Three former company members of Canada's Stratford Festival have passed away over the past few weeks, and the Festival will be dedicating productions to their memory next season. The 2015 production of The Alchemist will be dedicated to Edward Atienza. She Stoops to Conquer will be dedicated to Joyce Campion. Love’s Labour’s Lost will be dedicated to Bernard Hopkins.
“Joyce, Teddy, and Bern were among the very finest talents to be part of the history of the Festival company,” Artistic Director Antoni Cimolino said in a press release. “Each one of them had an irrepressible spirit that brought wit, energy, and charisma to any part they played. We dedicate these productions in recognition of their important contribution to Stratford and with a sad fondness for the passing of our fellow players.”
Hopkins, who died Oct. 22, first joined the Festival in 1975, playing Speed in The Two Gentlemen of Verona and Dromio of Syracuse in The Comedy of Errors. Over 24 Stratford seasons, his many other Shakespearean roles included Touchstone in As You Like It, Parolles in All’s Well That Ends Well, and Gonzalo in The Tempest. His performances as Friar Laurence in Romeo and Juliet and Robert Cecil in Timothy Findley’s Elizabeth Rex are preserved on film for future generations. Hopkins’ last season with the Festival was in 2007, when he played Old Gobbo in The Merchant of Venice and the Fool in Brian Bedford’s King Lear. Productions he directed here include The Merry Wives of Windsor, The Knight of the Burning Pestle, and Love’s Labour’s Lost, which Cimolino has selected for the dedication. “It is a play that reminds me of the generosity and love that drove Bern’s great work as an acting coach and mentor,” Cimolino said.
As head of drama at the Banff Centre in the 1980s, as director of the Festival’s Young Company from 1989 to 1992, and, more recently, as a teacher at the Birmingham Conservatory, Hopkins was a guide and an inspiration to countless fellow artists, in Stratford and across the country. The Festival has scheduled a memorial program for Hopkins on Sunday, Nov. 16, at 11 a.m. in the Festival Theatre. All are welcome to attend.
Atienza, who was a familiar face on the Festival’s stages for 12 seasons in the 1970s, ’80s. and early ’90s, died Sept. 17. He had a long and distinguished career, starting in 1949 in his native England, where he worked at the Old Vic and what is now the Royal Shakespeare Company. He first joined the Festival in 1972, playing Touchstone in William Hutt’s production of As You Like It and the Fool to Mr. Hutt’s Lear. His many other memorable performances at Stratford included Estragon in Waiting for Godot, Feste in Twelfth Night, Thersites in Troilus and Cressida, Kemp in Entertaining Mr. Sloane, Trinculo in The Tempest, and the title role in King John. He also created and performed his own one-man show, When That I Was… He appeared in several films, including The Battle of the River Plate (1956) and Peter Ustinov’s Romanoff and Juliet (1961).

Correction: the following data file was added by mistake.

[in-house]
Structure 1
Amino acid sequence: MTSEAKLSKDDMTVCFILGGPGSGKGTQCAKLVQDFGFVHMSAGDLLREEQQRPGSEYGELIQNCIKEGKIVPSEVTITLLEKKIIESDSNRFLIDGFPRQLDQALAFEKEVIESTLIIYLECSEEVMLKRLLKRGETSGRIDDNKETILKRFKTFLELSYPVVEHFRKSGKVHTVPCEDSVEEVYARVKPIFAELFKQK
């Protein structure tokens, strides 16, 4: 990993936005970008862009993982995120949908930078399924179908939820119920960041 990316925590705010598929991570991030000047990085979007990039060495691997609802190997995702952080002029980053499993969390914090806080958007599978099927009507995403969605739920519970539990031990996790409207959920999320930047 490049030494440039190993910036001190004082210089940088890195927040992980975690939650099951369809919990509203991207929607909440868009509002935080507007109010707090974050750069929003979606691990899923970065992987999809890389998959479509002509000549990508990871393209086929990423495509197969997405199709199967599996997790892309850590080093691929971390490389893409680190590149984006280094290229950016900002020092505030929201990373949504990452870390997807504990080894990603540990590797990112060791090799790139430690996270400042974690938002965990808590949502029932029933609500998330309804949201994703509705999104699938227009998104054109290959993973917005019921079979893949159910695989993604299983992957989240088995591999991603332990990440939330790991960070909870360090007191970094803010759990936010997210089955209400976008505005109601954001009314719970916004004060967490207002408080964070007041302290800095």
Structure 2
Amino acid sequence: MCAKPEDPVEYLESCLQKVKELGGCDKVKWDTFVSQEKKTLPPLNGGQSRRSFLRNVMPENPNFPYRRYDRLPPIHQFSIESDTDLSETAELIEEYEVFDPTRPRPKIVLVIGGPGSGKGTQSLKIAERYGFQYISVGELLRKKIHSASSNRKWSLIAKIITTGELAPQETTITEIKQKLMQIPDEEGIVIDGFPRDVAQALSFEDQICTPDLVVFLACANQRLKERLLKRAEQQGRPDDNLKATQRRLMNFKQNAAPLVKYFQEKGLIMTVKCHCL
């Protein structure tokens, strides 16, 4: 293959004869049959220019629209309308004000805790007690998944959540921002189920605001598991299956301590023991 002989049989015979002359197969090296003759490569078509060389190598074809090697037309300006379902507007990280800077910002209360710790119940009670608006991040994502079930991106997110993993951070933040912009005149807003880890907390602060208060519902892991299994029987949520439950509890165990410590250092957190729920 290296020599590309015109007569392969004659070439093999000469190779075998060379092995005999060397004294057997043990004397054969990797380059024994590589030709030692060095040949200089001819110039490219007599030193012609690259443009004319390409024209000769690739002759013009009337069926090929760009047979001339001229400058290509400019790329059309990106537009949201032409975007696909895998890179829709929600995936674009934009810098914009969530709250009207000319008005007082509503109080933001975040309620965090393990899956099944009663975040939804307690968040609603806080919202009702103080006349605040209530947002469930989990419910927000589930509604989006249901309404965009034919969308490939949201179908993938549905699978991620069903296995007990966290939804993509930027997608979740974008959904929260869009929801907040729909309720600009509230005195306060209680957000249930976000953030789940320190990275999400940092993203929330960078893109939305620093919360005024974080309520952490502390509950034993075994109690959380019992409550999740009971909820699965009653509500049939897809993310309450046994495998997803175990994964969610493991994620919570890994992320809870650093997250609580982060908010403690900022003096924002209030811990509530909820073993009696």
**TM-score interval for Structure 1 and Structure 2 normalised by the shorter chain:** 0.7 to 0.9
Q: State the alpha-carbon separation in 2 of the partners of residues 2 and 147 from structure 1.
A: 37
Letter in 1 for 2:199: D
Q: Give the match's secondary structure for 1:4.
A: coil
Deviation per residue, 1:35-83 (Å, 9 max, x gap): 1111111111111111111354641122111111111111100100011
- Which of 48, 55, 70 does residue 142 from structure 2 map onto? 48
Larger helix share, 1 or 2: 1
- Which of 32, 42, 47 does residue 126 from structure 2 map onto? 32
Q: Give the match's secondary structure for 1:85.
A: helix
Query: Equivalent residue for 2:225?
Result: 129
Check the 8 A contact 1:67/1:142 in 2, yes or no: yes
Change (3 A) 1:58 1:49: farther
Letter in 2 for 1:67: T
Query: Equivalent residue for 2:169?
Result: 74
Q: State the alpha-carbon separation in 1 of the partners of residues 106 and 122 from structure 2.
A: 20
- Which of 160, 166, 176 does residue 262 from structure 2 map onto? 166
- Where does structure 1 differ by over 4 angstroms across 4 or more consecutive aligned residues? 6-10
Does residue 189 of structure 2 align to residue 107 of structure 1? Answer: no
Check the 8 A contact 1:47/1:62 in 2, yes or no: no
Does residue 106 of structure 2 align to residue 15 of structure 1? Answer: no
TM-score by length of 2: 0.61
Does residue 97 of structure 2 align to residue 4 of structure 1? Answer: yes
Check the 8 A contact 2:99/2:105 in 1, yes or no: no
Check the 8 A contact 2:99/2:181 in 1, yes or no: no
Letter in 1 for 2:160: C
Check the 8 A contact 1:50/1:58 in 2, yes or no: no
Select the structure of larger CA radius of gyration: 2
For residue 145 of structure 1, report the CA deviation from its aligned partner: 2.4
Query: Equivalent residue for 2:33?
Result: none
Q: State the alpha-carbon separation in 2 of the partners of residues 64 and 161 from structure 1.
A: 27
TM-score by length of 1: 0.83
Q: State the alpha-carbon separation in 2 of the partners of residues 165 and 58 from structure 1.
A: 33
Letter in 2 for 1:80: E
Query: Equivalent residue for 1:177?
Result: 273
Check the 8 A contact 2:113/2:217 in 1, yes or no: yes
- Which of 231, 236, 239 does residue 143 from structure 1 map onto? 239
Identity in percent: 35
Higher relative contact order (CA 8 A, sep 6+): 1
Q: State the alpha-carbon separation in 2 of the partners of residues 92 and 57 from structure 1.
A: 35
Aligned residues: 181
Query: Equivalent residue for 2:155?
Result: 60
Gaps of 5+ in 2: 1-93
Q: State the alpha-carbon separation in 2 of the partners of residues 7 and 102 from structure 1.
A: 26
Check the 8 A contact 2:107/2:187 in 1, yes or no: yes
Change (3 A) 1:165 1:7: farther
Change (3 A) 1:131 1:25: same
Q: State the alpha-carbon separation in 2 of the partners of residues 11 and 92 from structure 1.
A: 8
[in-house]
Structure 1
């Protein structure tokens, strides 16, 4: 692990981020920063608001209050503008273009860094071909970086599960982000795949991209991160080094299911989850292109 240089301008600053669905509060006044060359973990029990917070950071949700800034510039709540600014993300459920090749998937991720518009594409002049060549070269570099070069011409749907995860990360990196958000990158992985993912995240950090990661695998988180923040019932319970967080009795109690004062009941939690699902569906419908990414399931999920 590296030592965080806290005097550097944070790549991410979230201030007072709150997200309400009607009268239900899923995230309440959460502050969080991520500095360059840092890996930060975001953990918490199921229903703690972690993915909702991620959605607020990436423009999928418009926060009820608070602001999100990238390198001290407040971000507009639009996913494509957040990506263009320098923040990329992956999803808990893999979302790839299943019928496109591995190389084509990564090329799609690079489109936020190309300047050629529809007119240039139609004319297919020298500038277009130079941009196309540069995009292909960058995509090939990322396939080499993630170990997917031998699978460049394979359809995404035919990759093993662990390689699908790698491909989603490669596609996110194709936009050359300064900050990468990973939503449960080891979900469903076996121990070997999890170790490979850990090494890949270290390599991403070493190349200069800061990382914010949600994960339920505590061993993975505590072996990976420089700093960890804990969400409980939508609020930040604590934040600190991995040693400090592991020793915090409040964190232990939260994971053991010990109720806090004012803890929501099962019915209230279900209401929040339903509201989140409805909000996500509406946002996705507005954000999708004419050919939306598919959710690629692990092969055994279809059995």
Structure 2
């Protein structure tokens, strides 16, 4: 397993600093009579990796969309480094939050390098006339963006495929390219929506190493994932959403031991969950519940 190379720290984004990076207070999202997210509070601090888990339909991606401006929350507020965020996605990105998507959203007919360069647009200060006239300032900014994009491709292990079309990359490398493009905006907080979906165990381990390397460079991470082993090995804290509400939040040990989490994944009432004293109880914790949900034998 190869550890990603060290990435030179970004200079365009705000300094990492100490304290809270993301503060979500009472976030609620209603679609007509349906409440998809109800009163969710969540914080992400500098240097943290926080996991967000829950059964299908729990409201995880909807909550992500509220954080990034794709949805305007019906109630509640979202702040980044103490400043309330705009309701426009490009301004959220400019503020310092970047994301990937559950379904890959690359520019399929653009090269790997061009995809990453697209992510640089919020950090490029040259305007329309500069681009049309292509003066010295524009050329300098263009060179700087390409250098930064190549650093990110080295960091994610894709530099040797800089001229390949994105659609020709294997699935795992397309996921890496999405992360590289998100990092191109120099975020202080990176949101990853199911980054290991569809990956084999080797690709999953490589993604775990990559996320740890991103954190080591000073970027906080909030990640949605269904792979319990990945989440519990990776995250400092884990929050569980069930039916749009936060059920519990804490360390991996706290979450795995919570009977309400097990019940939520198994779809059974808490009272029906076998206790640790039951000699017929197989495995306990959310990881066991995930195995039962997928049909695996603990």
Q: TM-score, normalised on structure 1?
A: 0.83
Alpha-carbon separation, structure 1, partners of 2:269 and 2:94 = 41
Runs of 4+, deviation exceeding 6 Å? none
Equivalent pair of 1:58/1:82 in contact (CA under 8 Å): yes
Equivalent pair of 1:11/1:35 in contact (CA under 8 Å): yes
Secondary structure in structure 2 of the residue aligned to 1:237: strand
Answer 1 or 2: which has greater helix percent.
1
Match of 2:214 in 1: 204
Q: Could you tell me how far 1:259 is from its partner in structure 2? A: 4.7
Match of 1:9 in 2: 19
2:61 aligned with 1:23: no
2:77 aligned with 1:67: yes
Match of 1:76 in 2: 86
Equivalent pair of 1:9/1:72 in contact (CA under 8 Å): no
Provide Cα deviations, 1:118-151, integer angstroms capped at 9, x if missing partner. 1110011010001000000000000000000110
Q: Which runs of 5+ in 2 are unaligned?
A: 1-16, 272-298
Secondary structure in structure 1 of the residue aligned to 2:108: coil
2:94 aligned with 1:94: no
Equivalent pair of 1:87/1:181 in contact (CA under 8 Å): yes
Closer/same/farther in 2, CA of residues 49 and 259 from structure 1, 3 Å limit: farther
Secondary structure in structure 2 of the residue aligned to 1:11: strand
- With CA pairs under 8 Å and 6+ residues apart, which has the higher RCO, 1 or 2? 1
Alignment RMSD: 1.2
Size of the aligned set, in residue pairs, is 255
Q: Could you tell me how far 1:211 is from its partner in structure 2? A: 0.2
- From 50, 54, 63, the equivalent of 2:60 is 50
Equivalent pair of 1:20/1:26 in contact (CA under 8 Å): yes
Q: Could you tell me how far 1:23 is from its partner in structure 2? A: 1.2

Cimolino has chosen to dedicate his production of The Alchemist to Atienza because the actor played Subtle in a Yale Repertory Company production of the play that was directed by former Stratford Artistic Director John Hirsch and featured Stephen Ouimette as Face. “Although it has been many years since Teddy retired from the stage, his loss has been heavily felt by all who knew him and admired his splendid work,” Cimolino said.
Campion, whose Stratford career stretched over 19 seasons between 1968 and 2009, died Sept. 3. As warmly loved as she was highly admired, she was a dear friend and inspiring role model to countless fellow artists, not just in Stratford but also at the Shaw Festival, where she spent 10 seasons, and other theaters across Canada and the United States, as well as in the U.K. and her native Ireland. Having toured with the pioneering Canadian Players in 1963 and ’64, Campion first joined the Festival company in 1968. Her many memorable roles at Stratford include Hannah Bauman in Quiet in the Land, Mrs. Higgins in My Fair Lady, the Duchess of York in Richard II, and Kate Tardwell in Elizabeth Rex (which she reprised in the 2004 film). In 2005, she all but stole the show as Saunders the maid in Fallen Angels. She received a Dora Mavor Moore Award for her role as Charlotte in Bonjour, là, Bonjour with CentreStage in Toronto and a Gemini Award nomination for her performance in Street Legal.
Her last season with the Festival was in 2009 when she played Anfisa in Three Sisters, directed by Martha Henry. This connection led Cimolino to select Henry’s production of She Stoops to Conquer for the dedication. “This play features exactly the sort of irrepressible women Joyce played and embodied,” he said.
November 13, 2014